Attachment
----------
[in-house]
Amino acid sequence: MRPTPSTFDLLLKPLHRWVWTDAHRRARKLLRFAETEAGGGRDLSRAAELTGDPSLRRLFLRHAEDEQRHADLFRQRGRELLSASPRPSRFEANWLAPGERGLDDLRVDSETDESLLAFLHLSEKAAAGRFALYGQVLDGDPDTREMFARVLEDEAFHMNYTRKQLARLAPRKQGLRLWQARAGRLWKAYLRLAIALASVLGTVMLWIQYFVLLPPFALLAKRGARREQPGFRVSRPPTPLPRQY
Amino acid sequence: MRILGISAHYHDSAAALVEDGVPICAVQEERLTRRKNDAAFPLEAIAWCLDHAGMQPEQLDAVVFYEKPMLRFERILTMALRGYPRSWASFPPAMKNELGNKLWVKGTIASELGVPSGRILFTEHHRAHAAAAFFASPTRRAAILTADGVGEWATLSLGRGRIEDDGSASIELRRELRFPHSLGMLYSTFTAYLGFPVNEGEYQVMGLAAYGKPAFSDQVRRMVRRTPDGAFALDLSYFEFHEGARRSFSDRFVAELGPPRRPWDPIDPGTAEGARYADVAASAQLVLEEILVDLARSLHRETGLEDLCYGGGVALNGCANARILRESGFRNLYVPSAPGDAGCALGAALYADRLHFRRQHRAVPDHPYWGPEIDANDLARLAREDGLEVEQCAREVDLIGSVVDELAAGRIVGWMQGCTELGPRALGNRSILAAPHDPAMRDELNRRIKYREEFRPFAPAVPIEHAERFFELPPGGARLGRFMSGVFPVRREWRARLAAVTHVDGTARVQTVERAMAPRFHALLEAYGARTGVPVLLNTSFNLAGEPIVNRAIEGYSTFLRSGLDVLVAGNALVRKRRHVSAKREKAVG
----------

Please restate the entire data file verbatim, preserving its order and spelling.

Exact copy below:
[in-house]
Amino acid sequence: MRPTPSTFDLLLKPLHRWVWTDAHRRARKLLRFAETEAGGGRDLSRAAELTGDPSLRRLFLRHAEDEQRHADLFRQRGRELLSASPRPSRFEANWLAPGERGLDDLRVDSETDESLLAFLHLSEKAAAGRFALYGQVLDGDPDTREMFARVLEDEAFHMNYTRKQLARLAPRKQGLRLWQARAGRLWKAYLRLAIALASVLGTVMLWIQYFVLLPPFALLAKRGARREQPGFRVSRPPTPLPRQY
Amino acid sequence: MRILGISAHYHDSAAALVEDGVPICAVQEERLTRRKNDAAFPLEAIAWCLDHAGMQPEQLDAVVFYEKPMLRFERILTMALRGYPRSWASFPPAMKNELGNKLWVKGTIASELGVPSGRILFTEHHRAHAAAAFFASPTRRAAILTADGVGEWATLSLGRGRIEDDGSASIELRRELRFPHSLGMLYSTFTAYLGFPVNEGEYQVMGLAAYGKPAFSDQVRRMVRRTPDGAFALDLSYFEFHEGARRSFSDRFVAELGPPRRPWDPIDPGTAEGARYADVAASAQLVLEEILVDLARSLHRETGLEDLCYGGGVALNGCANARILRESGFRNLYVPSAPGDAGCALGAALYADRLHFRRQHRAVPDHPYWGPEIDANDLARLAREDGLEVEQCAREVDLIGSVVDELAAGRIVGWMQGCTELGPRALGNRSILAAPHDPAMRDELNRRIKYREEFRPFAPAVPIEHAERFFELPPGGARLGRFMSGVFPVRREWRARLAAVTHVDGTARVQTVERAMAPRFHALLEAYGARTGVPVLLNTSFNLAGEPIVNRAIEGYSTFLRSGLDVLVAGNALVRKRRHVSAKREKAVG